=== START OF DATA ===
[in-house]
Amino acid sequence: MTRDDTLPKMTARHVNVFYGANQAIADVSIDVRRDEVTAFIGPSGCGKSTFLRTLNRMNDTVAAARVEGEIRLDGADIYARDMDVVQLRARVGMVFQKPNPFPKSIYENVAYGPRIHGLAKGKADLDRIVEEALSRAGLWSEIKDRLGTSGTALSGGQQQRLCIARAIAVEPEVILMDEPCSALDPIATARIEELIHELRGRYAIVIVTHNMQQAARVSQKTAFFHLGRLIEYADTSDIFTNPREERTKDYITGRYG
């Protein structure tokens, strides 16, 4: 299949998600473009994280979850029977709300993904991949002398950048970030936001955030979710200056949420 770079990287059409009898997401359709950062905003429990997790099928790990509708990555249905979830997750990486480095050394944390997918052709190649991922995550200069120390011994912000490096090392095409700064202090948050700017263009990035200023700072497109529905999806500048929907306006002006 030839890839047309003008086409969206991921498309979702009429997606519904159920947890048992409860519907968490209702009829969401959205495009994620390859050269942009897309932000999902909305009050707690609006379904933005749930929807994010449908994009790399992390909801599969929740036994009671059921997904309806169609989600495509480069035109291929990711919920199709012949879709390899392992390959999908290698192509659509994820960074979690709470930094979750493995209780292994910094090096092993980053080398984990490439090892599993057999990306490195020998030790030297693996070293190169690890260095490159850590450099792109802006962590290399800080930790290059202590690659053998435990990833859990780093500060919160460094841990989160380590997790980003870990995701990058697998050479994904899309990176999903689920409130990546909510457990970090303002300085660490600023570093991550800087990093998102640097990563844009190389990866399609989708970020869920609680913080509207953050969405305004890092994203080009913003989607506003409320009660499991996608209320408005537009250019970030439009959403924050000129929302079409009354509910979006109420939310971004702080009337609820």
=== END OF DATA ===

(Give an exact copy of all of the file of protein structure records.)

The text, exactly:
[in-house]
Amino acid sequence: MTRDDTLPKMTARHVNVFYGANQAIADVSIDVRRDEVTAFIGPSGCGKSTFLRTLNRMNDTVAAARVEGEIRLDGADIYARDMDVVQLRARVGMVFQKPNPFPKSIYENVAYGPRIHGLAKGKADLDRIVEEALSRAGLWSEIKDRLGTSGTALSGGQQQRLCIARAIAVEPEVILMDEPCSALDPIATARIEELIHELRGRYAIVIVTHNMQQAARVSQKTAFFHLGRLIEYADTSDIFTNPREERTKDYITGRYG
């Protein structure tokens, strides 16, 4: 299949998600473009994280979850029977709300993904991949002398950048970030936001955030979710200056949420 770079990287059409009898997401359709950062905003429990997790099928790990509708990555249905979830997750990486480095050394944390997918052709190649991922995550200069120390011994912000490096090392095409700064202090948050700017263009990035200023700072497109529905999806500048929907306006002006 030839890839047309003008086409969206991921498309979702009429997606519904159920947890048992409860519907968490209702009829969401959205495009994620390859050269942009897309932000999902909305009050707690609006379904933005749930929807994010449908994009790399992390909801599969929740036994009671059921997904309806169609989600495509480069035109291929990711919920199709012949879709390899392992390959999908290698192509659509994820960074979690709470930094979750493995209780292994910094090096092993980053080398984990490439090892599993057999990306490195020998030790030297693996070293190169690890260095490159850590450099792109802006962590290399800080930790290059202590690659053998435990990833859990780093500060919160460094841990989160380590997790980003870990995701990058697998050479994904899309990176999903689920409130990546909510457990970090303002300085660490600023570093991550800087990093998102640097990563844009190389990866399609989708970020869920609680913080509207953050969405305004890092994203080009913003989607506003409320009660499991996608209320408005537009250019970030439009959403924050000129929302079409009354509910979006109420939310971004702080009337609820």